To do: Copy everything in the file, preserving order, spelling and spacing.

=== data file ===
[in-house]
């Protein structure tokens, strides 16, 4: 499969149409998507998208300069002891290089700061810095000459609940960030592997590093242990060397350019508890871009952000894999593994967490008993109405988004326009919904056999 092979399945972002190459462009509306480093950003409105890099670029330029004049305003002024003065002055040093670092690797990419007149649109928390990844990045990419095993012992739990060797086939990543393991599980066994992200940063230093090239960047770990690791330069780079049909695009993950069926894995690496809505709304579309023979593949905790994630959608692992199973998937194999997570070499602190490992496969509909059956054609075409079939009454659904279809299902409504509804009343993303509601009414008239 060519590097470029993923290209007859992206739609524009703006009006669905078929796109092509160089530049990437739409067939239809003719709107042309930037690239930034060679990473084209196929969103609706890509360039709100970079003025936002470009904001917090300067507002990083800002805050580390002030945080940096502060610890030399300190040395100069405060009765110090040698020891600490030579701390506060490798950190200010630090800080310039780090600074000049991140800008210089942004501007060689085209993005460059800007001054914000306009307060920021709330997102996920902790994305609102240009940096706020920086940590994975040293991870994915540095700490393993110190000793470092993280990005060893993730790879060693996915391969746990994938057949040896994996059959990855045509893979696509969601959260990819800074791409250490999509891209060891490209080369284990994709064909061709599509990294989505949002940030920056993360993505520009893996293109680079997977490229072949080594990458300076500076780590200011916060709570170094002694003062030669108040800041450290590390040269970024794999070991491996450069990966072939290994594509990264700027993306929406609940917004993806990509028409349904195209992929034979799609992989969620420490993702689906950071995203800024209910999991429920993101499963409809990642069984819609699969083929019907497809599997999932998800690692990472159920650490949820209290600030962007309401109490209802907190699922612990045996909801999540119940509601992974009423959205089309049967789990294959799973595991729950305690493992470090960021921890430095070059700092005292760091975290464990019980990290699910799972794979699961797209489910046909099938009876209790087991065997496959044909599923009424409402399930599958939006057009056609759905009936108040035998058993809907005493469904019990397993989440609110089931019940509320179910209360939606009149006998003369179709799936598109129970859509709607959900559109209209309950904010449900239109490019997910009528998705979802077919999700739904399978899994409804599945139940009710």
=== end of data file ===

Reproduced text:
[in-house]
């Protein structure tokens, strides 16, 4: 499969149409998507998208300069002891290089700061810095000459609940960030592997590093242990060397350019508890871009952000894999593994967490008993109405988004326009919904056999 092979399945972002190459462009509306480093950003409105890099670029330029004049305003002024003065002055040093670092690797990419007149649109928390990844990045990419095993012992739990060797086939990543393991599980066994992200940063230093090239960047770990690791330069780079049909695009993950069926894995690496809505709304579309023979593949905790994630959608692992199973998937194999997570070499602190490992496969509909059956054609075409079939009454659904279809299902409504509804009343993303509601009414008239 060519590097470029993923290209007859992206739609524009703006009006669905078929796109092509160089530049990437739409067939239809003719709107042309930037690239930034060679990473084209196929969103609706890509360039709100970079003025936002470009904001917090300067507002990083800002805050580390002030945080940096502060610890030399300190040395100069405060009765110090040698020891600490030579701390506060490798950190200010630090800080310039780090600074000049991140800008210089942004501007060689085209993005460059800007001054914000306009307060920021709330997102996920902790994305609102240009940096706020920086940590994975040293991870994915540095700490393993110190000793470092993280990005060893993730790879060693996915391969746990994938057949040896994996059959990855045509893979696509969601959260990819800074791409250490999509891209060891490209080369284990994709064909061709599509990294989505949002940030920056993360993505520009893996293109680079997977490229072949080594990458300076500076780590200011916060709570170094002694003062030669108040800041450290590390040269970024794999070991491996450069990966072939290994594509990264700027993306929406609940917004993806990509028409349904195209992929034979799609992989969620420490993702689906950071995203800024209910999991429920993101499963409809990642069984819609699969083929019907497809599997999932998800690692990472159920650490949820209290600030962007309401109490209802907190699922612990045996909801999540119940509601992974009423959205089309049967789990294959799973595991729950305690493992470090960021921890430095070059700092005292760091975290464990019980990290699910799972794979699961797209489910046909099938009876209790087991065997496959044909599923009424409402399930599958939006057009056609759905009936108040035998058993809907005493469904019990397993989440609110089931019940509320179910209360939606009149006998003369179709799936598109129970859509709607959900559109209209309950904010449900239109490019997910009528998705979802077919999700739904399978899994409804599945139940009710």